October 30, 2023, Chicago, Illinois & Windsor, United Kingdom – The Society of Thoracic Surgeons (STS) and European Association for Cardio-Thoracic Surgery (EACTS) embrace Transcatheter Aortic Valve Implantation (TAVI) and Surgical Aortic Valve Replacement (SAVR) as outstanding therapeutic options for patients with aortic stenosis. TAVI has proven to be an excellent innovation, particularly for patients of advanced age or risk, that all surgeons and cardiologists unequivocally support through proper functioning multi-disciplinary heart teams.
STS and EACTS welcome randomised evidence in intermediate and now low-risk patients to help inform clinical decision-making. STS and EACTS approach this evidence with scheduled follow-up to 10 years from a position of scientific and clinical equipoise. Additionally, STS and EACTS advocate leveraging international trials and real- world evidence from clinical registry analyses to further inform the choice of the ideal therapy with the best long-term outcomes matched to the patient.
Recent randomised controlled trial data presented at TCT 2023 from the PARTNER 3 and Evolut Low Risk trials, and published simultaneously, provide some interesting insights. Given the highly selected cohorts of these carefully adjudicated industry sponsored trials, we feel that some of the statements made were appropriately weighted with equipoise, but some were not.
The PARTNER 3 trial provided 5-year follow-up of the Sapien 3 TAVI valve compared to SAVR, and the Evolut Low Risk trial provided 4-year data on CoreValve TAVI compared to SAVR. Investigators of PARTNER 3 described their 5-year data to continue to support non-inferiority of TAVI based on their primary composite outcome. However, investigators of the Evolut Low Risk trial claimed their data at 4 years supported superiority of TAVI. As part of appropriate scientific discourse, STS/EACTS offer interpretive comments in response to these claims.
Following the inclusion criteria used in both of these low-risk trials, the real-world analysis of patients undergoing low risk isolated SAVR in the STS Adult Cardiac Surgery Database, showed survival was 92.9 % at 5 years and nearly 90% at 8 years. Survival was even better in patients under 75 years and in those with an STS-PROM score of less than 1%, at 95% at 8 years. The sample size was over 42,000 patients in the total cohort, with over 19,000 patients at risk for 5-year survival. These data provide the real-world benchmark from which to interpret current and future analyses in low-risk patients receiving therapy for aortic stenosis.
Given this benchmark for isolated SAVR, it is important to note that aortic valve replacement is largely an isolated procedure in transcatheter clinical practice, but up to 26% of the surgical patients in the PARTNER 3 and Evolut Low-Risk trials underwent concomitant procedures, including CABG surgery. Concomitant operations are associated with worse operative outcomes compared to isolated AVR procedures. Patients with ischemic disease are different than those with isolated valve disease. While STS and EACTS fully respect the value of randomised evidence, we feel that this is only as good as the comparator groups.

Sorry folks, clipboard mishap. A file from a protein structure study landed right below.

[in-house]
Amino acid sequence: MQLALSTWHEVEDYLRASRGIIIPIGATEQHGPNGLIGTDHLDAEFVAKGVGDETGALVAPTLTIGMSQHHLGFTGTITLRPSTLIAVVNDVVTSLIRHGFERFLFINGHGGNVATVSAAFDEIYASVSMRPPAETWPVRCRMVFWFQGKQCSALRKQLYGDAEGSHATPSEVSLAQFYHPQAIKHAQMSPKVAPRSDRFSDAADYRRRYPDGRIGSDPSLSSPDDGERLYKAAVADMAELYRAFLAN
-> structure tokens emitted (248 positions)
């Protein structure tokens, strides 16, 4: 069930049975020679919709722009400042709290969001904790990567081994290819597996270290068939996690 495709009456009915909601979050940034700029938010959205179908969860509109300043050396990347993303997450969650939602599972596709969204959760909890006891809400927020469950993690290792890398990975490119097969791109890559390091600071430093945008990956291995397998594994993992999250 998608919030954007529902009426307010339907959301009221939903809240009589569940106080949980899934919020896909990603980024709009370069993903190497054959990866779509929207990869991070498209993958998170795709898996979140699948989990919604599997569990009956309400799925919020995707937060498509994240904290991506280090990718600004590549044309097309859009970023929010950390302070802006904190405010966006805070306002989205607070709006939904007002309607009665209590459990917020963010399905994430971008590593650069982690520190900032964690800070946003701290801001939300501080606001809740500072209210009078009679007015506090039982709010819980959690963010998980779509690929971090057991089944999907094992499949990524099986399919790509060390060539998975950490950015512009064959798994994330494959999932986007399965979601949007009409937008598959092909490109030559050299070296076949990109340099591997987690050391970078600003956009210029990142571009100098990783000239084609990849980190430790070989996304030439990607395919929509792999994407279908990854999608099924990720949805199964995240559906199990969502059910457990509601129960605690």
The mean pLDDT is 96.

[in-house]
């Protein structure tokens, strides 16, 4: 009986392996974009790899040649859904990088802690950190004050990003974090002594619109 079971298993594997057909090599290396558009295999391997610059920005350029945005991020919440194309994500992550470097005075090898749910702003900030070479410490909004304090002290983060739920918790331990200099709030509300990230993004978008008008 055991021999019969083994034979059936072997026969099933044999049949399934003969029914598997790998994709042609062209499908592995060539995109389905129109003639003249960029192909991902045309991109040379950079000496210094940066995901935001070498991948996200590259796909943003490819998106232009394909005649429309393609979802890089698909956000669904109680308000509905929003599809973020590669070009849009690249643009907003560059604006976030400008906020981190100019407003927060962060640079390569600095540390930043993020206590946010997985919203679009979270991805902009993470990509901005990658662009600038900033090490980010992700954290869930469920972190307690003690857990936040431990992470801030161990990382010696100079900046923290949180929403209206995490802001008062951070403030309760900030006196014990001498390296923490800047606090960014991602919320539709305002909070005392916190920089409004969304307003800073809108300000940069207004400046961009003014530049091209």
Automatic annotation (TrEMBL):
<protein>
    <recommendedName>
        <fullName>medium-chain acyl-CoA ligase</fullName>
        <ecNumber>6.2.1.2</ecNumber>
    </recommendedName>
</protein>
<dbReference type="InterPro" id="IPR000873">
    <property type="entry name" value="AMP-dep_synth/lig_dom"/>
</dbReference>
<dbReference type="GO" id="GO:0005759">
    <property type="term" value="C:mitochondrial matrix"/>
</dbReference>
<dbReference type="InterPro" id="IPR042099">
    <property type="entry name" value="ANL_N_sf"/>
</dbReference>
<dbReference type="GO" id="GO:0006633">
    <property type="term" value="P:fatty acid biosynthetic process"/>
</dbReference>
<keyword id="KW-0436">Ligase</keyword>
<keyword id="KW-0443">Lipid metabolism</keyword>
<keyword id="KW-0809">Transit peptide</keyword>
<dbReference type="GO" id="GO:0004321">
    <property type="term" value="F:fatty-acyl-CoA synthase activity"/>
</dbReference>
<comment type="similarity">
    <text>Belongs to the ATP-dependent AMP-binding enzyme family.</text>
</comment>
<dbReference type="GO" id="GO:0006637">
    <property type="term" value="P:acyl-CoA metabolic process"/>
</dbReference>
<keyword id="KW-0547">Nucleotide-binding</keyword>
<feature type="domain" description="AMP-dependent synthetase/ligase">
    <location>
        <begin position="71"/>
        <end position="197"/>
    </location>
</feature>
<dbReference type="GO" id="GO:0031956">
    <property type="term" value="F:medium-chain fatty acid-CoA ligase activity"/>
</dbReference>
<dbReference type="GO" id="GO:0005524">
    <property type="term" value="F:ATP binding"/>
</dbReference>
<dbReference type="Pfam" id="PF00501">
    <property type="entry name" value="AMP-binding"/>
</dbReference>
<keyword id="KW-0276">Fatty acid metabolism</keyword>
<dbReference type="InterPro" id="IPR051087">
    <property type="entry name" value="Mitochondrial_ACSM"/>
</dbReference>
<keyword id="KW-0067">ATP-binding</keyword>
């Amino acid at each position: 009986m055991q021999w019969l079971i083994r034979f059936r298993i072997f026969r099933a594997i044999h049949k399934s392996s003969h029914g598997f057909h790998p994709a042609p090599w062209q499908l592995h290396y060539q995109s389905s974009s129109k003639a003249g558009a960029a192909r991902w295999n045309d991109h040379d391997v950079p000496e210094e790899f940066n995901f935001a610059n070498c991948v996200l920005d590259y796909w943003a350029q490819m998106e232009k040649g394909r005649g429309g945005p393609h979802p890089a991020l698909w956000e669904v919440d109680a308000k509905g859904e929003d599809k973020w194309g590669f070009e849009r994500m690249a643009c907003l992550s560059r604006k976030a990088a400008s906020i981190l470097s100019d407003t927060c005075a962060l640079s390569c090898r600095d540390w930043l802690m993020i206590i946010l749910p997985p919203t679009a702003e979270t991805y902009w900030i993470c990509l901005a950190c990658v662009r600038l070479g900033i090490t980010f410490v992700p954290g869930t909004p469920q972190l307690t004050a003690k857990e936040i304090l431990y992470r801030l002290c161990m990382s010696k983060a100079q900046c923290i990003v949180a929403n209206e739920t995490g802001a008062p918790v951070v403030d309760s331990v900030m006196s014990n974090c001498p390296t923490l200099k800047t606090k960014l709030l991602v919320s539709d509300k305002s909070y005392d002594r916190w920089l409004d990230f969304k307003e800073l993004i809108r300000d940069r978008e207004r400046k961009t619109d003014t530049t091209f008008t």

In the Evolut Low Risk Trial, there were some minor KM curve separation in follow-up, but the majority of the outcome expense of SAVR was at the initial operative procedure. With 26% of SAVR cases in this Trial undergoing concomitant operations (e.g., CABG, MV surgery, surgical ablation, and others), we feel this may hold possible significant interpretive explanation for these data. Despite these points, when taking the Evolut Low Risk trial endpoints separately, all-cause mortality, cardiovascular mortality, and disabling stroke were not statistically significant between groups. Therefore, statements of superiority of TAVI compared to a heterogeneous surgical comparator, are not appropriate at this time and may lead to unintended consequences.
Given that the fastest growing operation in the STS National Database over the last five years is TAVI explantation or surgery after TAVI, STS and EACTS would advise that more follow-up time be given from the existing low-risk trials prior to embracing TAVI’s clinical utility in low-risk patients. Furthermore, in order for all valve therapy specialists, including general cardiologists, interventional cardiologists, and surgeons, to compare low-risk TAVI all-cause mortality outcomes to the STS benchmark for isolated SAVR, we call on investigators from both the PARTNER 3 and Evolut Low-Risk trials to publish their results for the isolated SAVR and isolated TAVI sub-cohorts from their trial arms.
Until we have this data, any statements or conclusions from these trials are interesting but still hypothesis generating and speculative. STS and EACTS therefore recommend caution prior to adopting a TAVI-first strategy in low-risk patients, particularly those patients with characteristics not specifically studied in these low-risk trials.
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